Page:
Portland Highland Games – my first ever Highland Games, is not actually in Portland. It’s in Gresham, Oregon, a good 45 minutes’ drive from the city – a small distance in North American terms, almost the entire width of the country at some points in Scottish terms. Erin, Michelle and I make our way to the main field and arrive as a couple of dozen clan members are doing a plodding lap around the running track. They are followed by a troop of men in Civil War-era uniforms and kilts, representative of the thousands of Scots who fought on both sides of the American Civil War. Four female re-enactors in bonnets and long frocks trek subserviently in their wake. They all halt and hold a practiced pose near the queue for “Scottish Meat Pies” until the hungry herds threaten to absorb them into the pie line and they are forced to disband. The meat pie line is at least four times as long as the beer line. Suddenly I feel very far from home. Alerted by the ever-vigilant Michelle, I have my first sighting of a tie-dye kilt and feel the distance even more keenly.
I draw the others’ attention to a man silhouetted on the brow of the hill beside a bad sweater booth. He is sporting a kilt, chain mail and a full metal visor. A sword hangs downs his back and he clutches an incongruous blue and white golf umbrella with a leather glove-clad hand. Minutes later, as Erin and Michelle are debating whether to hit the pie or the beer stand, I notice the knight standing nearby and scamper over to question him.
His eyes peek out from behind his gleaming, silver helmet and he tells me his name is Thomas. I guess he must be about 20, although it’s hard to tell. He seems fairly good-humoured about my enquiries. Again, I could be wrong. After all, the only bits of the man on display are his eyes and knees. Unlike the visors I am familiar with from Scooby Doo and other such reliable educational resources, Sir Thomas’ visor is an all-in-one number, without that bit that pivots up when the knight wants to scoff a pie, have a quick cigarette or reveal that he is actually the evil, double-crossing camp counselor. There will be none of that kind of frivolity for this young knight. This is obviously not a man who cuts corners when it comes to standing about in fields on rainy afternoons in Oregon. There will be no easy pie eating or beer guzzling this afternoon. Well, when you’ve decided to stand and look enigmatic in suburban college grounds, there are sacrifices that you have to make, golf umbrellas aside.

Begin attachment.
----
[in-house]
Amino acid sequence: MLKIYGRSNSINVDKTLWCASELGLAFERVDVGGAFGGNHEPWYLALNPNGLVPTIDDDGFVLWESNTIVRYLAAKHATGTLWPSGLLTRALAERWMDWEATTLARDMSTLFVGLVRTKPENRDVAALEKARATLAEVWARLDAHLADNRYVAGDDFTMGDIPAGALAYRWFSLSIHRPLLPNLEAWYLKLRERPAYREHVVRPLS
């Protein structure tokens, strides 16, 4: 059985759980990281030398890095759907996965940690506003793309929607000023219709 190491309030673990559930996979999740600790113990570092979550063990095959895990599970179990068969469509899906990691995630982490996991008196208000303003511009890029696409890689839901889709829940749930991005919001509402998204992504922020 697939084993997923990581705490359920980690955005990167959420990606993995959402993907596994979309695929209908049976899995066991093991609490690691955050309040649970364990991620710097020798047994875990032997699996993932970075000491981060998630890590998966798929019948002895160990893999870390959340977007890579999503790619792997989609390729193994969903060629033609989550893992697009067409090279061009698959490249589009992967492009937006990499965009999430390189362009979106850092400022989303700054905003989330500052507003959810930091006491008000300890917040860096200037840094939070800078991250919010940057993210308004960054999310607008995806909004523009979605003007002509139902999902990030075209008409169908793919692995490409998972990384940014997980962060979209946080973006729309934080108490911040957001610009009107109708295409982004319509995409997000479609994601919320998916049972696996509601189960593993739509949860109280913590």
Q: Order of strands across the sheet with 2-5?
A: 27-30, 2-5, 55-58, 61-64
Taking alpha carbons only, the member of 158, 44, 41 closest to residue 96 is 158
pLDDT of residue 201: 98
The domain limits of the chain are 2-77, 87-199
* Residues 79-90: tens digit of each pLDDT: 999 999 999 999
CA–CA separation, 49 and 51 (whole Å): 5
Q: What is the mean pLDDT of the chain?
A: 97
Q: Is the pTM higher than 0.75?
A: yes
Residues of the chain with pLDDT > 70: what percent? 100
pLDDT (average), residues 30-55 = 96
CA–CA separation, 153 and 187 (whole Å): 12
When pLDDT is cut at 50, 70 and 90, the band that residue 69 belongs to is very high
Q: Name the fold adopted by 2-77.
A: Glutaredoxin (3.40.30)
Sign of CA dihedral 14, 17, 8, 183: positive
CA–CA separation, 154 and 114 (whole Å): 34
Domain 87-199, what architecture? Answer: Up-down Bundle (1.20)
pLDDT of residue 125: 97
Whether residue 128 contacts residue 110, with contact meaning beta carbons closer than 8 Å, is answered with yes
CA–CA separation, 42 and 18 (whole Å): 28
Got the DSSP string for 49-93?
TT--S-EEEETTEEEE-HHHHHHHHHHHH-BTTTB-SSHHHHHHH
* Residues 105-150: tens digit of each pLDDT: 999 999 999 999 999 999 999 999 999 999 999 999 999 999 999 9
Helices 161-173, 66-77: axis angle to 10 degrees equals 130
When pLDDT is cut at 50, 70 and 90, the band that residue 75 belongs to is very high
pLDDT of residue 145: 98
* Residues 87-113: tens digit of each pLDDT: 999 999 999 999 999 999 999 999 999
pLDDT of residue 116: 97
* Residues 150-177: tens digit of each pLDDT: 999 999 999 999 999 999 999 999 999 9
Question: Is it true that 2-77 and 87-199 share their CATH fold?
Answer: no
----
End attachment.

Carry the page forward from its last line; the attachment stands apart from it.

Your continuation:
I come up with the brilliantly insightful question,
“Do you dress like this often?”
It’s not my best line, but I’m not particularly used to accosting men in head armour. Luckily, the full face cover means I can’t see from his expression that he thinks I’m a complete moron. He answers politely,
“No, not often. You know, just at things like this. Highland Games. Renaissance Faires. You know.”
I don’t know and am just about to ask him what renaissance faires are when the others bound up and we get distracted smirking and setting up photo opportunities. I shall have to discover my country’s contribution to the mysterious world of renaissance faires at a later date.